It's no secret in the office that I love Norway, but I used to think that I avoided tipping over into obsessive territory pretty well (the fjord ferry calendar above my desk might make it seem otherwise but that was a present and it's actually pretty helpful, thank you very much). However after visiting again last month, I can no longer remain a mere fan… I'm a big old Norway nerd and frankly you should be too; it's an incredible country and a holiday there will leave you wanting to run away to the mountains and never come back.

landscape and mountains in geirangerfjord in norway

Scrape that jaw off the floor

The first reason (of many) to fall in love with Norway is the scenery; glacier-topped mountains soar above dark blue fjords, slicing the Western Coast ragged and making it a crime to drive for more than 10 minutes without stopping and admiring the view. When you live in central London (which I do) it's easy to forget how dramatic nature can be, and you really get a sense that Norway was a country forged over the course of millions of years. Impressive doesn't even begin to cover it when you scramble down a knife-edge path to stand behind a waterfall that's crashing down 50 metres below you.

view of ocean in norway

No cruises allowed, thank you

This is a place best enjoyed by getting stuck in and exploring, which is why the bloated cruise ships that float up the coast, stopping for 5 minutes and a photo, totally miss the point. Even the most indolent visitor will find themselves lacing up their hiking boots, grabbing a kayak and careering off into the wild. I blame the Norwegians for this actually… to say they are a hardy lot is an understatement and it's one of the things I love most about them. I like to think I fall towards the more active end of the spectrum (I walk to work and don't purely go to the gym because I can watch Bake Off on the giant TVs) but a "gentle morning hike" with one of my Norwegian colleagues turned into a vertical climb that left me wanting to be air lifted off the mountain. Grannies will skip past you as you heave yourself onwards and you will feel like the biggest slob on earth in comparison to just about every Norwegian.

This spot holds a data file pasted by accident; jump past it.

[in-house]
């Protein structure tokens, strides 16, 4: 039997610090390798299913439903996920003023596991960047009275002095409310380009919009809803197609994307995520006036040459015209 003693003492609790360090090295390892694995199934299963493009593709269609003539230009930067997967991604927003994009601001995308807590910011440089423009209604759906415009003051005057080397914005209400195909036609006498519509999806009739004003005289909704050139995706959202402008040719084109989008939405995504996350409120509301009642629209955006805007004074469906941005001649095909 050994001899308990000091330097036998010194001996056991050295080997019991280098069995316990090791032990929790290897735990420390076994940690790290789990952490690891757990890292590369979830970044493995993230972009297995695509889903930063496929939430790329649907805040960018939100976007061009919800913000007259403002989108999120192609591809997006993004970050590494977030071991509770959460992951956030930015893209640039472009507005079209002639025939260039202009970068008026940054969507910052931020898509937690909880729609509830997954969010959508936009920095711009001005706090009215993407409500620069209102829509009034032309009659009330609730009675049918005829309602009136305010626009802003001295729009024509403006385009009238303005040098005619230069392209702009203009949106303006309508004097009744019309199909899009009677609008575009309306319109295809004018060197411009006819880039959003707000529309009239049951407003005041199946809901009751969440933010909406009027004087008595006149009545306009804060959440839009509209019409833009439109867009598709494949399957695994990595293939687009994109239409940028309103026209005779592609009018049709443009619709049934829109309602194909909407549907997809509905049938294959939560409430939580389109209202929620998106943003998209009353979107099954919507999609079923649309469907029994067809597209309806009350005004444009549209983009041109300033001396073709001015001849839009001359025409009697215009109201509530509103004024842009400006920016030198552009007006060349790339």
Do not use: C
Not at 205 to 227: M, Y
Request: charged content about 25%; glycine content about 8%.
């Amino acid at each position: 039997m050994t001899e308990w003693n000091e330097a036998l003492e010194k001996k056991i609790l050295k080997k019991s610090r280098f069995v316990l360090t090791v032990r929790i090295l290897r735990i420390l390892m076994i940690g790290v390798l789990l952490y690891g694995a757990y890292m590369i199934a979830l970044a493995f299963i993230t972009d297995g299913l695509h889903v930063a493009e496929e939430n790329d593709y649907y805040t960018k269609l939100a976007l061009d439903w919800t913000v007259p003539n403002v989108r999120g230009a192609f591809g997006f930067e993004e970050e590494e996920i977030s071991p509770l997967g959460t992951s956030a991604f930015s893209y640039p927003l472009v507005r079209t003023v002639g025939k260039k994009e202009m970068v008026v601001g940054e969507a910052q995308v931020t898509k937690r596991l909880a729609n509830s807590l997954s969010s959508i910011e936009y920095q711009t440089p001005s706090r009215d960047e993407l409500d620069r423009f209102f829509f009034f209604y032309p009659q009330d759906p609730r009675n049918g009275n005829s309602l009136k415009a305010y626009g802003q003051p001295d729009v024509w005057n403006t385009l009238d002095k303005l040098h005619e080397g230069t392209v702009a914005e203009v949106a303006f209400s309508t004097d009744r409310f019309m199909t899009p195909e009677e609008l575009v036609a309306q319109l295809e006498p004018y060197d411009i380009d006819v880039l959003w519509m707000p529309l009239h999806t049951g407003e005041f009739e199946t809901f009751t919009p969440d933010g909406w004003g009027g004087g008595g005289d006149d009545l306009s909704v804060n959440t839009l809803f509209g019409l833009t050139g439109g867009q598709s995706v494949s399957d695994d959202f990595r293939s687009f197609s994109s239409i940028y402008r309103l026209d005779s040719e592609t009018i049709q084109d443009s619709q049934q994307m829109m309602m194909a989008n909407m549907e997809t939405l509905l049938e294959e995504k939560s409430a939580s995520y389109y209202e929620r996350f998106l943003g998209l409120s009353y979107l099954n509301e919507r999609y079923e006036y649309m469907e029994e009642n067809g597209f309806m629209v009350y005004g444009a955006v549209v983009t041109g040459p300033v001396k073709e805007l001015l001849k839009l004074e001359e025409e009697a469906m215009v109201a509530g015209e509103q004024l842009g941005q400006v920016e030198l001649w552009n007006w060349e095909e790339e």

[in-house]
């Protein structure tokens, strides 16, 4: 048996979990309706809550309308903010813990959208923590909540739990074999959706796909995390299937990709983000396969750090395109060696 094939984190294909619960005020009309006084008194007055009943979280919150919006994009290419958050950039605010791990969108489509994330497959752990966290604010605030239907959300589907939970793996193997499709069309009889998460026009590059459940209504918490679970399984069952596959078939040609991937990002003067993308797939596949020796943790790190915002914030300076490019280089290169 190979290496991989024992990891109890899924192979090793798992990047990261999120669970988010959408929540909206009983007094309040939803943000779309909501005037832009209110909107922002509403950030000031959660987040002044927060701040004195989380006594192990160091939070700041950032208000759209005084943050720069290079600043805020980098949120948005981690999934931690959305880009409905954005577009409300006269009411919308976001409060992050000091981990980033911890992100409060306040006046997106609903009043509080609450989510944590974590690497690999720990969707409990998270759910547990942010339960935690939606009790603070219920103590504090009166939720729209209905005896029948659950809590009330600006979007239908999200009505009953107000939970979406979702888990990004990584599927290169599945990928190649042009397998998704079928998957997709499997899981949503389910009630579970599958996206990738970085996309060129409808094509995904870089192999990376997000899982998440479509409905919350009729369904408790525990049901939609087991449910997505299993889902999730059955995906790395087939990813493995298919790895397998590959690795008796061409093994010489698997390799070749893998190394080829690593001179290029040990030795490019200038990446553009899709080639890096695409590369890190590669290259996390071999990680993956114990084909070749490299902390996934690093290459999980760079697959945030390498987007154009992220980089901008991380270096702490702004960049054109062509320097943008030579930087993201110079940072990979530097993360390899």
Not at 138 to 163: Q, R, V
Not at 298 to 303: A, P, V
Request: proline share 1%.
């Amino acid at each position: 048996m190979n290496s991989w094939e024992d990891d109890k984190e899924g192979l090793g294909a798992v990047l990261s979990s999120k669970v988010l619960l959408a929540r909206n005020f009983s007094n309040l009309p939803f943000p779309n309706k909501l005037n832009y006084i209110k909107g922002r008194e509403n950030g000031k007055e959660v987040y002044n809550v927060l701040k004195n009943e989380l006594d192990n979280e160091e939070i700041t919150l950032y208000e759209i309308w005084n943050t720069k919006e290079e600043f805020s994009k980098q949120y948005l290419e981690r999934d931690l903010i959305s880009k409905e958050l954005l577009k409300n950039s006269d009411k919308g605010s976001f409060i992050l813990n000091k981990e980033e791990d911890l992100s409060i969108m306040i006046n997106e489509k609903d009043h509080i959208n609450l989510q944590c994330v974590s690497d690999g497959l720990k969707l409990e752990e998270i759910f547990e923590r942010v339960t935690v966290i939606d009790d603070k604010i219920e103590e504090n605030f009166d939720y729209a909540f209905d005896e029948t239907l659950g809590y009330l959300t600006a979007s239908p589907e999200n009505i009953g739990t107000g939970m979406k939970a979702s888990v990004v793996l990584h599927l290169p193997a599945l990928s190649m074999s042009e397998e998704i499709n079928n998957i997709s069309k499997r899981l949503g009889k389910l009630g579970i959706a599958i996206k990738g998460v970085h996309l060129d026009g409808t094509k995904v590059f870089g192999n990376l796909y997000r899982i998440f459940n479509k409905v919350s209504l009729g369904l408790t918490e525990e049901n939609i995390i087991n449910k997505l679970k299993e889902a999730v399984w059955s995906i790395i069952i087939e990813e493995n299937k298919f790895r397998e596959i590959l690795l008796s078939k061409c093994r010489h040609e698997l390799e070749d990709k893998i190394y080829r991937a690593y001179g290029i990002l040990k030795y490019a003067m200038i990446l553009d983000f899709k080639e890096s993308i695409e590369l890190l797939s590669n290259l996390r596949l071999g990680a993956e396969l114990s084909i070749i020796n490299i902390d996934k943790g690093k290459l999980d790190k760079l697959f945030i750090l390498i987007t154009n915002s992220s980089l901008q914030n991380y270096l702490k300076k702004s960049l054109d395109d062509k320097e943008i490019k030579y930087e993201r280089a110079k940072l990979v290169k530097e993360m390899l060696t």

aerial view of houses in norway

Somewhere to rest your head

Feeling suitably humbled, you'll want to limp back to somewhere lovely to spend the night, so it's a good thing that the hotels are as close to paradise as I will probably ever get. I started off with a night at Hotel Union Oye which you reach by winding down through the Sunmore Alps. The hotel is actually one of the oldest in the country, and has an eclectic mix of former guests including Kaiser Wilhelm of Germany and Sir Arthur Conan Doyle. The whole place is groaning with antiques, stories and charm.

Juvet Landscape Hotel provides the perfect counterpoint thanks to fiendishly clever Scandinavian design that makes you feel like you're camping but without all the horrors that tents entail. It's nice to wake up to the sound of the birds twittering and the river bubbling away 10 metres below than to the sirens of London's finest.

Hotel Brosundet in art-deco Alesund is also an exercise in minimalist design, but the real highlight is the restaurant, Maki. I had already died and gone to heaven well before they let me have all three of the puddings on offer… how there isn't a maelstrom of hype surrounding this place baffles me.

view of exterior of storfjord hotel in glomset in norway

And my favourite

Lastly there's Storfjord Hotel which, for me, provided the pinnacle of a trip that was already overflowing with highlights. I would describe it but it'll just make me sad that I'm not there this very minute; trust me, stay there and you'll see what I mean.

Norway is somewhere we're going to be making a lot of noise about in 2015 and I am already counting down the days until I can go back - you should beat me to it.